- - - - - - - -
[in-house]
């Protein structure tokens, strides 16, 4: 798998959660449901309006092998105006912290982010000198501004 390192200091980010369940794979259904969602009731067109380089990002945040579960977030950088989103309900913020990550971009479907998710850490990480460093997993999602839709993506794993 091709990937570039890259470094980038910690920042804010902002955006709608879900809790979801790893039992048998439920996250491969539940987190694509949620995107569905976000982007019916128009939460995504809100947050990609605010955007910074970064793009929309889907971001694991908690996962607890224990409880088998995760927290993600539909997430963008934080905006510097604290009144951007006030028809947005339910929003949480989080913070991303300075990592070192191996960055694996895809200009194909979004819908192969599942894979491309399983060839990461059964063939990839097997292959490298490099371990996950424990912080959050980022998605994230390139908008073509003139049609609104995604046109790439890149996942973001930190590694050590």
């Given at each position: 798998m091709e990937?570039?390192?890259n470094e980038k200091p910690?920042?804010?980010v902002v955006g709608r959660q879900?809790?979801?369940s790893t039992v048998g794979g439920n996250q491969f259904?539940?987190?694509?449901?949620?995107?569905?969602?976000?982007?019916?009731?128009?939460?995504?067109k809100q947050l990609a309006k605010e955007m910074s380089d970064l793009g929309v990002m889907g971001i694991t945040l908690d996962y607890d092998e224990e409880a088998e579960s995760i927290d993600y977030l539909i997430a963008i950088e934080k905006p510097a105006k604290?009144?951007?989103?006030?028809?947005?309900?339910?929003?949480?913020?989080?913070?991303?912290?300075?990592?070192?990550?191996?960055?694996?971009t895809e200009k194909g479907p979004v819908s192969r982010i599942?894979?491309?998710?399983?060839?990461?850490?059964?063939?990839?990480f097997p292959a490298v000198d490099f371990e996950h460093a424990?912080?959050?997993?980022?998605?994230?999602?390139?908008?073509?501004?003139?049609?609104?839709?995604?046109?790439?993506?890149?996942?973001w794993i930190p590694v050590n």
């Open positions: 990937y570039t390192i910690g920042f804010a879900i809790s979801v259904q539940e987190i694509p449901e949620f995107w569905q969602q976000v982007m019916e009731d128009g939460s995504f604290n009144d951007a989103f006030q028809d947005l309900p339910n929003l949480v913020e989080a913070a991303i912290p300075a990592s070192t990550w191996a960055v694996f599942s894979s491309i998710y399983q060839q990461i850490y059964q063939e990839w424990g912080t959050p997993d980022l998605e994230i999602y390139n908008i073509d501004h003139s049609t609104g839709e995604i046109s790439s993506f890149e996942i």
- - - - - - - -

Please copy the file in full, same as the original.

[in-house]
């Protein structure tokens, strides 16, 4: 798998959660449901309006092998105006912290982010000198501004 390192200091980010369940794979259904969602009731067109380089990002945040579960977030950088989103309900913020990550971009479907998710850490990480460093997993999602839709993506794993 091709990937570039890259470094980038910690920042804010902002955006709608879900809790979801790893039992048998439920996250491969539940987190694509949620995107569905976000982007019916128009939460995504809100947050990609605010955007910074970064793009929309889907971001694991908690996962607890224990409880088998995760927290993600539909997430963008934080905006510097604290009144951007006030028809947005339910929003949480989080913070991303300075990592070192191996960055694996895809200009194909979004819908192969599942894979491309399983060839990461059964063939990839097997292959490298490099371990996950424990912080959050980022998605994230390139908008073509003139049609609104995604046109790439890149996942973001930190590694050590």
């Given at each position: 798998m091709e990937?570039?390192?890259n470094e980038k200091p910690?920042?804010?980010v902002v955006g709608r959660q879900?809790?979801?369940s790893t039992v048998g794979g439920n996250q491969f259904?539940?987190?694509?449901?949620?995107?569905?969602?976000?982007?019916?009731?128009?939460?995504?067109k809100q947050l990609a309006k605010e955007m910074s380089d970064l793009g929309v990002m889907g971001i694991t945040l908690d996962y607890d092998e224990e409880a088998e579960s995760i927290d993600y977030l539909i997430a963008i950088e934080k905006p510097a105006k604290?009144?951007?989103?006030?028809?947005?309900?339910?929003?949480?913020?989080?913070?991303?912290?300075?990592?070192?990550?191996?960055?694996?971009t895809e200009k194909g479907p979004v819908s192969r982010i599942?894979?491309?998710?399983?060839?990461?850490?059964?063939?990839?990480f097997p292959a490298v000198d490099f371990e996950h460093a424990?912080?959050?997993?980022?998605?994230?999602?390139?908008?073509?501004?003139?049609?609104?839709?995604?046109?790439?993506?890149?996942?973001w794993i930190p590694v050590n």
């Open positions: 990937y570039t390192i910690g920042f804010a879900i809790s979801v259904q539940e987190i694509p449901e949620f995107w569905q969602q976000v982007m019916e009731d128009g939460s995504f604290n009144d951007a989103f006030q028809d947005l309900p339910n929003l949480v913020e989080a913070a991303i912290p300075a990592s070192t990550w191996a960055v694996f599942s894979s491309i998710y399983q060839q990461i850490y059964q063939e990839w424990g912080t959050p997993d980022l998605e994230i999602y390139n908008i073509d501004h003139s049609t609104g839709e995604i046109s790439s993506f890149e996942i």